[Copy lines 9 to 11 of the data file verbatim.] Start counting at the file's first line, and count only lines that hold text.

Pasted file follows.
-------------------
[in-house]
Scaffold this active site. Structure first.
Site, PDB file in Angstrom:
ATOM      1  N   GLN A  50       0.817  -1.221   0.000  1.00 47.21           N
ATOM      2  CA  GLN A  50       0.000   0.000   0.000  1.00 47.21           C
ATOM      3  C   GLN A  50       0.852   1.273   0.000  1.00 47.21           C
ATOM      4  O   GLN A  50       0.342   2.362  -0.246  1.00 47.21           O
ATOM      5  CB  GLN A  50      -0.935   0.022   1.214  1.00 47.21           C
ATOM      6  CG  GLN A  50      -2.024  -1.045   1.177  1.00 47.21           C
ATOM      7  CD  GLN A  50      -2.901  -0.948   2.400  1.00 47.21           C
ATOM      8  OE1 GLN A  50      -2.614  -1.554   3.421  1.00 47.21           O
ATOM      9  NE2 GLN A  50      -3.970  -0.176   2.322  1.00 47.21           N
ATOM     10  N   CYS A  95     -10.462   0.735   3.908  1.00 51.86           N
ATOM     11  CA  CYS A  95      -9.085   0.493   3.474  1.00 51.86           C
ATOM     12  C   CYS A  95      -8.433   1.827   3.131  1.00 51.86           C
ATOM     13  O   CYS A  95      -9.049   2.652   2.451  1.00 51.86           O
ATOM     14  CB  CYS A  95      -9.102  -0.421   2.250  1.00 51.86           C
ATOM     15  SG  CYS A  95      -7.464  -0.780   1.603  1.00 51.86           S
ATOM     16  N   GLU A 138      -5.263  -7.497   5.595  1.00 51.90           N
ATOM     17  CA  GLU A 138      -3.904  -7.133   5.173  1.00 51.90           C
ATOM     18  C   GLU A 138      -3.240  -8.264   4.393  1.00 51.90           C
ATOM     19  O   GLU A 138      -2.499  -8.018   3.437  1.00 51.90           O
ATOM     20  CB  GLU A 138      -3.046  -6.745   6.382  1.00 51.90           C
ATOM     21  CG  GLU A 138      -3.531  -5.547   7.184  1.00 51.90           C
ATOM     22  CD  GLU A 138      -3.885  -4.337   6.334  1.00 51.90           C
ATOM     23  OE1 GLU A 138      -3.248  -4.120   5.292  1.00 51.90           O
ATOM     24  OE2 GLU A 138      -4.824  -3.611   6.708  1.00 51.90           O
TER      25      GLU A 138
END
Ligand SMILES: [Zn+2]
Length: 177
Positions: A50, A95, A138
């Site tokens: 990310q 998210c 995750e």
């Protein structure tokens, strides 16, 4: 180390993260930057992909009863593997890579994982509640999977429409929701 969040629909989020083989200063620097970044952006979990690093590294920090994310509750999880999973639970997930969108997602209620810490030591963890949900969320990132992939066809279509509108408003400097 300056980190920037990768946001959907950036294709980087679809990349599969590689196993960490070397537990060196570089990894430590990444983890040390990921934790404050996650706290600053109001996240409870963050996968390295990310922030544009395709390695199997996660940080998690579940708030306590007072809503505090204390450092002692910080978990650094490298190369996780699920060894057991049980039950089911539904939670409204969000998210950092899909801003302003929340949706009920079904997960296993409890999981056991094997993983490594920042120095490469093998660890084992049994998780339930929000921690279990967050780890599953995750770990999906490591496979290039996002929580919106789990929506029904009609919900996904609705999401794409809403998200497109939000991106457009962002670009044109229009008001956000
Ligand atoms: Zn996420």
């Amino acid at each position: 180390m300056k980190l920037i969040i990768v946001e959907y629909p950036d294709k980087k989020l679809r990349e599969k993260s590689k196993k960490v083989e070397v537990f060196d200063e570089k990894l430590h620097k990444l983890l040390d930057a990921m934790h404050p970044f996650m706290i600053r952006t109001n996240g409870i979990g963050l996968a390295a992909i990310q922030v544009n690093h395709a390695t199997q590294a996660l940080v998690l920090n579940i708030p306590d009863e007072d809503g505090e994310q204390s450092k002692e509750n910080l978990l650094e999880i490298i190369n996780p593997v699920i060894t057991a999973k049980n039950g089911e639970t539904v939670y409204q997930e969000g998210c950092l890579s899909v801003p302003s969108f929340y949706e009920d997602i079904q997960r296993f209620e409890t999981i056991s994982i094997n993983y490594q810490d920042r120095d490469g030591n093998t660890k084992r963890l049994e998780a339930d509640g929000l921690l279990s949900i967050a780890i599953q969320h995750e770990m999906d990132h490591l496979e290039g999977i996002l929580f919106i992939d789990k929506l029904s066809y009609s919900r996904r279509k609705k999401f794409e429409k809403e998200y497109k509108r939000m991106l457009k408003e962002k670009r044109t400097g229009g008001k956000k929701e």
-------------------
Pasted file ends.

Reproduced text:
ATOM      6  CG  GLN A  50      -2.024  -1.045   1.177  1.00 47.21           C
ATOM      7  CD  GLN A  50      -2.901  -0.948   2.400  1.00 47.21           C
ATOM      8  OE1 GLN A  50      -2.614  -1.554   3.421  1.00 47.21           O